So far, I'll be keeping the roof, side panels, rear quarter panels, transfer box, dash, pedals, handbrake, gearstick, axles, prop, wheels, hubs, steering column, panhard rods, A frame, and a few other odds and sods including the various small brackets throughout the vehicle. The V5C is the most important thing to me though :)

    List of things that are proper fecked:

    Bulkhead
    Bonnet
    Wings
    Seat box
    Footwells
    Doors
    Sills

    Not sure about the tub yet as it has a massive bit of wood over the floor, but it's fairly likely that it'll need a new floor at the very least.

    The best thing about the vehicle, other than being a Landy, is that it has a Salisbury rear axle - hurrah! Sure, it's got drums rather than discs, but it's better than a standard rear axle.

    Photos will follow!
     
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  17. Sting Ray

    Sting Ray Active Member

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    20170831_164133.jpg 20170831_164318.jpg 20170831_164140.jpg 20170831_164259.jpg 20170831_164455.jpg 20170831_164339.jpg
     

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  18. rob_bell

    rob_bell Well-Known Member

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    It didn't look too bad in the first couple of pictures, and then that bulk head close up! :eek: OMG!

    Still, it is a great base for a complete ground up lover lander build. Massive job, but I am going to enjoying following this - and at the end there won't be a part of the vehicle you won't know intimately! :)
     
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  19. Paul D

    Paul D Glass rep for South Yorkshire LZIR Despatch Agent

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    The bulkhead doesn't look too stupid, just the door pillars .. which are <cough> easy to fix .. YRM ... in fact almost all the things you mention can be fettled with bits from YRM ... Best things you can buy to help are a welder, and angle grinder, but if you already have a compressor, also get a cheap de-scaler (needle hammer) and air chisel .. Noisy and dirty, but awesome bits of kit and will pay for themselves for ease of use and time saved when you need to de-rust big stuff or just chop something off. ..;)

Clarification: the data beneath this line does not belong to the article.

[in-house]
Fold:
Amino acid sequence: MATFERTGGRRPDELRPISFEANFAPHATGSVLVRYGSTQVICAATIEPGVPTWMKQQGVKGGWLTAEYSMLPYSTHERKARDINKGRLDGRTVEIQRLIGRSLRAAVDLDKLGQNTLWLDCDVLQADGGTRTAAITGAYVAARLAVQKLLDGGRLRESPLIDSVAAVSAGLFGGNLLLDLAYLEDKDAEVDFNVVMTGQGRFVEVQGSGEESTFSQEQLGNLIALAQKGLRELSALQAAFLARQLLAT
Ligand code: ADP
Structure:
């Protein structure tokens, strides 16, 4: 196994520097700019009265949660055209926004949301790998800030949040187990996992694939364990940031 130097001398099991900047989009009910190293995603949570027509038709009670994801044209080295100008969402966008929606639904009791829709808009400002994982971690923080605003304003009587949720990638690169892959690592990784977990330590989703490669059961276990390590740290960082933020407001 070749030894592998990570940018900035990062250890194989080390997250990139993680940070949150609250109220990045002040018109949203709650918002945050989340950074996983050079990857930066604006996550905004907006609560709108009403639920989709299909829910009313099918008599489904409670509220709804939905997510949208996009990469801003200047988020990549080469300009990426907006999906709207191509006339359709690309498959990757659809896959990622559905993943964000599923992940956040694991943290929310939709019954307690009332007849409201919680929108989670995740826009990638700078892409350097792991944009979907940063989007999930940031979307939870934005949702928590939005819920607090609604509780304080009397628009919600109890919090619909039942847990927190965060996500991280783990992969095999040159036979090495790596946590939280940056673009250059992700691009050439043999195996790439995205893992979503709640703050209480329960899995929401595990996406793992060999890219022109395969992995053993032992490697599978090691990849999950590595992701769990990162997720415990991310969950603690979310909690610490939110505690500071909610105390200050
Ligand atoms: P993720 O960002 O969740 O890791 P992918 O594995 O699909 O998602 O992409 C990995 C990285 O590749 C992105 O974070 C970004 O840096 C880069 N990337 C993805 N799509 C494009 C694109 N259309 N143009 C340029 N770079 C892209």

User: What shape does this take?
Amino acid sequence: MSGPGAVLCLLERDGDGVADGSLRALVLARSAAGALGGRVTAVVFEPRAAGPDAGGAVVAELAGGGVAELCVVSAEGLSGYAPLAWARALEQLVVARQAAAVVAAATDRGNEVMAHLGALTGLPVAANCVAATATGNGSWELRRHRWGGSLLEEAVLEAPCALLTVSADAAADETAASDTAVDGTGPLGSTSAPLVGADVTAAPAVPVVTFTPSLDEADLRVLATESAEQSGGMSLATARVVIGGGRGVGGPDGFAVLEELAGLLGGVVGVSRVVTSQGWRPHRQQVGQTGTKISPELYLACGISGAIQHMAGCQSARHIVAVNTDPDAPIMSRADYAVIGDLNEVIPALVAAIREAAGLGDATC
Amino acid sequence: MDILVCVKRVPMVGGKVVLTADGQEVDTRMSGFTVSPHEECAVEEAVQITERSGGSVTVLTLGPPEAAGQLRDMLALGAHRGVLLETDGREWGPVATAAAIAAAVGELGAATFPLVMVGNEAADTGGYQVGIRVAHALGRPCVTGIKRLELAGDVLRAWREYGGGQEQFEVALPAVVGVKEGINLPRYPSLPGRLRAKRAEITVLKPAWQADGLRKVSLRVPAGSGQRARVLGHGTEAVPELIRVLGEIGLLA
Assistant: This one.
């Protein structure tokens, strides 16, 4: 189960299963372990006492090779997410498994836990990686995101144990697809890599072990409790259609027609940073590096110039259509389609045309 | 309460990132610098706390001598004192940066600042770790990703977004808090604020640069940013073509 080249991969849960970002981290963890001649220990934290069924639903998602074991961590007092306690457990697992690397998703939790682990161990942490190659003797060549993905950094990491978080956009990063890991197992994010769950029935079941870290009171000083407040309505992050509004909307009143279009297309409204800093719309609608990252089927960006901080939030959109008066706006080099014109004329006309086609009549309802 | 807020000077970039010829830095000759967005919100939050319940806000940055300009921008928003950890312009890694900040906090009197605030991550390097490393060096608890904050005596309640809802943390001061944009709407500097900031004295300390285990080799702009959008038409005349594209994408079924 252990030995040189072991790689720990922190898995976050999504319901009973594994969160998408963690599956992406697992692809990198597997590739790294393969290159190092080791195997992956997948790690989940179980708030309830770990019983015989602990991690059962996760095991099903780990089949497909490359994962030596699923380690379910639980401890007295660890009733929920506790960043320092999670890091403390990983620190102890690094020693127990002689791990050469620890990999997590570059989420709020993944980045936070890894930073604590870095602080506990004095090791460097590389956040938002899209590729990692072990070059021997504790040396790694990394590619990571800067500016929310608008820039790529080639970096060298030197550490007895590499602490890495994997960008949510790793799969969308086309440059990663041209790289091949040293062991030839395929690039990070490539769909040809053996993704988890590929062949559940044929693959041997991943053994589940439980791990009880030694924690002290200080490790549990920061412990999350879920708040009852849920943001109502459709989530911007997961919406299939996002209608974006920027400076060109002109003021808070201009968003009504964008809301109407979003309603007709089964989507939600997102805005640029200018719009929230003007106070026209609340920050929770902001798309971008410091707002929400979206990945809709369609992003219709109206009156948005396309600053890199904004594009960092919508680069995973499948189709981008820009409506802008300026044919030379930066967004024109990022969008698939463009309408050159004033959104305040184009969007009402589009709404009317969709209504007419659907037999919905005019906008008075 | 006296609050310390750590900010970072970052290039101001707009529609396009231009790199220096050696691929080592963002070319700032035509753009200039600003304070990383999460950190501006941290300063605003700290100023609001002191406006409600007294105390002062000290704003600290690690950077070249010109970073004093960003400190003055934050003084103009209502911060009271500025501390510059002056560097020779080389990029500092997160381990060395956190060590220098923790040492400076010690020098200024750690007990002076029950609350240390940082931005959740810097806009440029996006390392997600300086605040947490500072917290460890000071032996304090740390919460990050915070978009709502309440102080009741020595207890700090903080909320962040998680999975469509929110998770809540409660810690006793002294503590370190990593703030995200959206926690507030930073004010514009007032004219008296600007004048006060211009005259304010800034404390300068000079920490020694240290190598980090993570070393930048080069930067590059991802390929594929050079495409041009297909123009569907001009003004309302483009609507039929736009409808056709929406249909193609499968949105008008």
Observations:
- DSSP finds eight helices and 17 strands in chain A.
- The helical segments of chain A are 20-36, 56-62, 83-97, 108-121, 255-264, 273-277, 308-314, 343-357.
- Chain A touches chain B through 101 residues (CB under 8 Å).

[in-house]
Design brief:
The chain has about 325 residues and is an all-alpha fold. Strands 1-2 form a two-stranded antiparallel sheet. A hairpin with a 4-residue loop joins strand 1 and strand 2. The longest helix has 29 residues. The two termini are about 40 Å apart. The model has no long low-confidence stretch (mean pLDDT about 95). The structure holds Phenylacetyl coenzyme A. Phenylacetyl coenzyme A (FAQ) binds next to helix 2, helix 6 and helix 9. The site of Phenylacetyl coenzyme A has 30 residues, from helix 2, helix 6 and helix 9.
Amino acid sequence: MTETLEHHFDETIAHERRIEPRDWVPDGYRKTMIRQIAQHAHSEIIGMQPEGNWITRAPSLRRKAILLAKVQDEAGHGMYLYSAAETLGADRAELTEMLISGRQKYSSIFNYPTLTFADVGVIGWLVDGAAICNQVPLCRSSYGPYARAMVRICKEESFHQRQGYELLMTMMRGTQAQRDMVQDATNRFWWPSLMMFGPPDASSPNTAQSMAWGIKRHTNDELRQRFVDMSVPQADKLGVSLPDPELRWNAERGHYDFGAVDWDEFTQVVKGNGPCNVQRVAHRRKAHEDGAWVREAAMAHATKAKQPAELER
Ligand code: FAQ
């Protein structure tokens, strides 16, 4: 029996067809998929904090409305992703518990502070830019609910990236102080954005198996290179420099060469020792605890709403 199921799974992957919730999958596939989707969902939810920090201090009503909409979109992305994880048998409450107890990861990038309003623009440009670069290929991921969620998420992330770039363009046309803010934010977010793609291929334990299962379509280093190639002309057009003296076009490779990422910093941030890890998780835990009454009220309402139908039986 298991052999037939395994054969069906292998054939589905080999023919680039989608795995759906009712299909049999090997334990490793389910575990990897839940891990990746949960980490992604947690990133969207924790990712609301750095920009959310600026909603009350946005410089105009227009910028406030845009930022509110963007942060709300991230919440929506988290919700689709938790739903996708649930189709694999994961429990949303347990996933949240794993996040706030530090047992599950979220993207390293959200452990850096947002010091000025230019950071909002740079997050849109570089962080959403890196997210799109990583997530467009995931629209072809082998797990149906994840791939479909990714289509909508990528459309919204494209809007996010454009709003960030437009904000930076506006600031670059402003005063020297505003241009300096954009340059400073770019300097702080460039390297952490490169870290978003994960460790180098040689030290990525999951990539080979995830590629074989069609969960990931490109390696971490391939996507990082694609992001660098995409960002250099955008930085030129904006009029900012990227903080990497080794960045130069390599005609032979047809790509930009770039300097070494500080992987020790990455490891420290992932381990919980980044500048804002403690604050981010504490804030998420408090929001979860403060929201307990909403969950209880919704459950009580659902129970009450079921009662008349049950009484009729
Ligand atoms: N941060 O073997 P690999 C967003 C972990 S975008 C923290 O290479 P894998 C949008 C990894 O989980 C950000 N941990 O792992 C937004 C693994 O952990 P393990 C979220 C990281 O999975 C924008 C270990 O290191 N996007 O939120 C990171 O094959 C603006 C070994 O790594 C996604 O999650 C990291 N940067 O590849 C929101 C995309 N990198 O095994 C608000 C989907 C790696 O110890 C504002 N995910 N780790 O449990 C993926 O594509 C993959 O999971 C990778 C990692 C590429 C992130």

But yeah, it's definitely a project .. :)
     
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  20. Sting Ray

    Sting Ray Active Member

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    I have a welder already...his name is Dan:D

    A needle gun is a very good shout - all the waxoyl and paint will be removed off the underside stuff including axles etc. before being refursbished.

    This is definitely a good way to learn about the vehicle. I recently did the same to my motorbike (VFR800 VTEC, although I fitted the earlier pre-VTEC Fi engine) and know it rather intimateely now, although there's much less to them than a LR of course.
     
    Last edited: Sep 1, 2017